I imagine, and you can understand, it is way too painful to, as Charlie did, see his mother and father in the condition they were in and dead at age 15. And in Steve Relford's case, can you imagine seeing that? And now all this media attention coming back to him. And a lot of the media attention, to be honest, has to do with clues that BTK is dropping and sending to the media. But I got to tell you, Larry, we've been intrigued and some of the Wichita community is intrigued with the clues and these little things, and they're trying to play ``CSI'' and trying to figure out who this guy is.
But when I did the interview with Steve Relford, I came to realize this is not just an intelligent person who's trying to lead us on a path to possibly catching him, this is a cold-blooded killer. And that's what police are dealing with and that's what they're looking for. And that's why the whole Wichita community wants to see him caught very soon.
KING: Charlie, do you have any gut feelings of confidence that you will -- that in your lifetime, this killer will be found?
OTERO: I hope that the authorities can get their faculties all in sync and maybe make an arrest in this case. But as far as, like, me being satisfied, I'll never be satisfied until I know the truth as to why.
KING: Yes. Thanks, Charlie. Best of luck to you.
OTERO: Thank you.
KING: One can only imagine.
Larry Hatteberg and Susan Peters remain. They'll be with us throughout the show. We'll be joined by our criminal profiler, our psychologist and our attorney and author. Later, we'll take your phone calls. It's all ahead. Don't go away.
(BEGIN VIDEO CLIP)
PETERS: What did he say to you when he walked in the door or when he -- when you went to the door?
RELFORD: Are your parents home?
PETERS: What did you say?
RELFORD: My mother. She's sick in bed. So he proceed to come on in, turn off the TV.
PETERS: And then what?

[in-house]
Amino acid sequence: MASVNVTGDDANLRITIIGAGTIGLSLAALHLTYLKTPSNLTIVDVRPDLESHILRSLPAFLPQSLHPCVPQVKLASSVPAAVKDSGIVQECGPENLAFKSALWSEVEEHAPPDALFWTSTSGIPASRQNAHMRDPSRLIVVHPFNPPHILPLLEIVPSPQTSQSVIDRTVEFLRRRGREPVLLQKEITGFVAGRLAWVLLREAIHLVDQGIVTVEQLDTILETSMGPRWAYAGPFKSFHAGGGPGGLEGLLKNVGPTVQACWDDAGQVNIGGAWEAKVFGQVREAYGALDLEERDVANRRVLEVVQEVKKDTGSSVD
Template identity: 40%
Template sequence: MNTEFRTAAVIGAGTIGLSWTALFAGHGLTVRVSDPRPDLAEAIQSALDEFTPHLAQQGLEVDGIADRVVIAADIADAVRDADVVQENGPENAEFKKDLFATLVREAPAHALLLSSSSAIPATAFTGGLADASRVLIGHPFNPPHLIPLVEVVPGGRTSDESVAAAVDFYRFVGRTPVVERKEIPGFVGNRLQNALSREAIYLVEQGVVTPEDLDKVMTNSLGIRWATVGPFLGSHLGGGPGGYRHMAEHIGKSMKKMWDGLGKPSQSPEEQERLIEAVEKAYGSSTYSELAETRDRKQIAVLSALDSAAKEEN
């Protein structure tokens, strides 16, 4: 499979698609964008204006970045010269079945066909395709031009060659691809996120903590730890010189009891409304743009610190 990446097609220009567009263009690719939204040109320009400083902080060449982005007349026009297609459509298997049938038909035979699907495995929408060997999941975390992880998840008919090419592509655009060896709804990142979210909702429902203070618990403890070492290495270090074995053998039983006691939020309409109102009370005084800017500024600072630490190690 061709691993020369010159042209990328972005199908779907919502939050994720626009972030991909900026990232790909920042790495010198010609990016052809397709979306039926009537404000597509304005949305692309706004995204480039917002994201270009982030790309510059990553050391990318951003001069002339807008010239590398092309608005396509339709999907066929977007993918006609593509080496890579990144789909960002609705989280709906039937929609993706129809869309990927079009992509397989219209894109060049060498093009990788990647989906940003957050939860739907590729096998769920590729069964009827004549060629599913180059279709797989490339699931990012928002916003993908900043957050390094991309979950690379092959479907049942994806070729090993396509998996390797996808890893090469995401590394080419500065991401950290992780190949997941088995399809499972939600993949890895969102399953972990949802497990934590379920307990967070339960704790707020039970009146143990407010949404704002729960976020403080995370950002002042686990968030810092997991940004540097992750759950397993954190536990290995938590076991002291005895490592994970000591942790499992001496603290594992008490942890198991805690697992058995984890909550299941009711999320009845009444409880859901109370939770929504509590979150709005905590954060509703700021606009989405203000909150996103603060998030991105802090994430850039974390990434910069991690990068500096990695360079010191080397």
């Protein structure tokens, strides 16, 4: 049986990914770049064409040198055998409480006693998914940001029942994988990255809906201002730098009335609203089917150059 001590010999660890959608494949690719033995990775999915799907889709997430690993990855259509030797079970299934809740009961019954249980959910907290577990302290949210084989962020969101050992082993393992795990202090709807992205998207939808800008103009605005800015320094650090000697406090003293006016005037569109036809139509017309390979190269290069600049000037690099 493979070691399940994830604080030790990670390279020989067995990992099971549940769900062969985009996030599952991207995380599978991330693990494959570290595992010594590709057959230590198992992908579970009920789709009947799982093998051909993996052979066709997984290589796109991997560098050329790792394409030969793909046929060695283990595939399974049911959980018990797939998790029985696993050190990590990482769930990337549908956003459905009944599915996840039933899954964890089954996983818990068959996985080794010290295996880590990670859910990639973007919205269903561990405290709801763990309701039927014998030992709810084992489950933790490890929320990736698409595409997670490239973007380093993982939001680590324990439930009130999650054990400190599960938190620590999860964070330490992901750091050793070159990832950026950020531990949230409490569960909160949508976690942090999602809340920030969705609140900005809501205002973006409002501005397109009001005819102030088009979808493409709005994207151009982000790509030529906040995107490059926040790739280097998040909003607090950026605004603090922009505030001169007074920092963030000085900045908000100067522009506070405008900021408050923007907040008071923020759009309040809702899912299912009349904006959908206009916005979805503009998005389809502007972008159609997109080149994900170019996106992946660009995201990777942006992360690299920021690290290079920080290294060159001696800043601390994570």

RELFORD: Then he tell her to put us three kids in there, tied a rope around one doorknob and then put the bed against the other door.
(END VIDEO CLIP)
(BEGIN VIDEO CLIP)
UNIDENTIFIED MALE: We received a call to the dispatcher about 8:20 or so from an individual that said we had a homicide at 843 South Pershing. The officers came down to the house and were able to look in through one of the windows and seen a person laying on the bed. So we kicked the front door in, went in and found there had been a homicide there. (END VIDEO CLIP)
KING: Remaining with us are Larry Hatteberg and Susan Peters, the anchors at KAKE-TV in Wichita. Joining us now in Minneapolis is Pat Brown, criminal profiler, founder and CEO of SHE -- that's S-H-E -- the Sexual Homicide Exchange, has spent hundreds of hours working independently on these particular killings. Dr. Howard Brodsky is in Wichita, a psychologist. He consulted on the BTK case in the '70s. And also in Wichita is Robert Beattie, attorney and author. He has written the soon to be published book on this case, "Secrets Long Hidden: The Hunt for the BTK Strangler." And we'll ask questions. We'll also have Larry and Susan have questions of the panel. And we'll be including your calls.
Before we meet them, on December 8, 1977, Nancy Fox, age 25, was found bound and strangled in her home in Wichita. BTK's voice was captured on audiotape when he called into police dispatch from a pay phone to report the homicide. In August of 1979, police released the 1977 police dispatch phone call. It played repeatedly on TV and radio. Police got more than 100 tips in one day. Here is the BTK killer.
(BEGIN AUDIO CLIP)
911 OPERATOR: Dispatcher.
BTK: Yes. You will find a homicide at 843 South Pershing, Nancy Fox.
911 OPERATOR: I'm sorry, sir. I can't understand you. What is your address?
911 OPERATOR: It seems to be 843 South Pershing.
(END VIDEO CLIP)
KING: OK. You're the criminal profiler, Pat Brown, and you deal with this all the time. You spent hundreds of hours working on this. What's your overall read on this case?
PAT BROWN, CRIMINAL PROFILER: My read is that BTK is having a wonderful time playing his game with the police. And recently, Landwehr came out, Lieutenant Landwehr, and said he's established a rapport with BTK, and that's absolutely ridiculous. You don't establish a rapport with a serial killer. You're being used.
BTK has been successful in doing things his way for 31 years. He's never been caught. Nobody has any clue, apparently, who he is, although every investigator seems to have a favorite suspect, and I have a favorite suspect myself.
But why is it that this guy is able to control things for so long, 31 years? This case is an anomaly. It's a very unusual case. Most serial killers just drop you in the bushes and with a quick strangulation and disappear. This guy has had inside crime scenes where the evidence is still available, where we can still see the crime scene. He has very unusual type of behaviors at that crime scene. He's given tons of communications out to the police. Why can't we catch this guy, then, if he's giving so much help to everybody? It boggles the mind. So to me, something is wrong with the investigation if you can't catch somebody after 31 years with this much help that he's giving to the WPD.